The Importance of Element Selectors in Actions

Monetate actions are predefined JavaScript operations that accept parameters via JSON templates, also known as action templates, to affect a change on your site. With very few exceptions, most Monetate actions require an element selector to target where on the page the specified change should occur. With that said, the element selector and insert method are the cornerstones of many actions and a proper understanding of how to write good element selectors will enable you to effectively target any element on any page. The list below provides some basic details about element selectors and Monetate:

  • The Relative Element Selector input paired with Insert Method gives you more control over where and how to insert content.
  • Selectors are used in nearly all actions to specify where on the page Monetate should insert, edit, or hide content.
  • Monetate actions use the Sizzle JavaScript library to enable more advanced element selectors in our Element Selector input.
  • Most Monetate actions also support a global CSS input, which allows you to append any CSS3 selector and property in addition to the default action behavior.
  • You cannot use Sizzle selectors in the CSS input in any action.

For additional information about selectors, see Element Selectors and Sizzle Selectors.

The notable exceptions that do not need an element selector are the Data Collect action, which is used for passive data observation only, and basic lightbox actions, which are instead tied to the body of the page and wait for the DOM to be ready rather than a specific element to render. Insert JavaScript and Insert CSS actions also do not require an element selector to insert, although they use element selectors within the content they deliver.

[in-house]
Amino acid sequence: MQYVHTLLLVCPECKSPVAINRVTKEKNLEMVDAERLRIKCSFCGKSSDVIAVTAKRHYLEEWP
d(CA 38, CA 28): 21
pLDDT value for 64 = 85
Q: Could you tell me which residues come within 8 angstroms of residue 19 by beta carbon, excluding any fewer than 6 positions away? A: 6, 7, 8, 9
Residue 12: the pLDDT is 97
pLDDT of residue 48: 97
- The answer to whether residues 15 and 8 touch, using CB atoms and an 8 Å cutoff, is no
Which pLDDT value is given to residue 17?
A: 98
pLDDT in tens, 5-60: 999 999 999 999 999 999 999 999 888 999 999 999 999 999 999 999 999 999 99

Element Selector Tool

The Monetate Builders, including Action Builder, use a selector tool to help you find the right element on the page. Click an element and the tool grabs a selector.

The Relative Element Selector tool of Action Builder

Unfortunately, it is not always the most intuitive or accurate and may find the nearest parent ID to the selector you have clicked. If this occurs, the tool builds a direct descendant tree down to the specific node you selected. The result is not very flexible or versatile and if the structure of the site changes even slightly, your action may fail.

While the Element Selector tool is a great place to start working on an action, in order to truly find the most robust and versatile selector with the highest chances of success across multiple similar pages, you should properly understand how to find and write effective element selectors.

Using Multiple Selectors

There may be cases where a single selector might not cover all the places you want to target an action. Perhaps the hero image on your product page has a slightly different selector than the hero image on your index pages, but you want to replace both with a single action. You can utilize multiple selectors in a single action.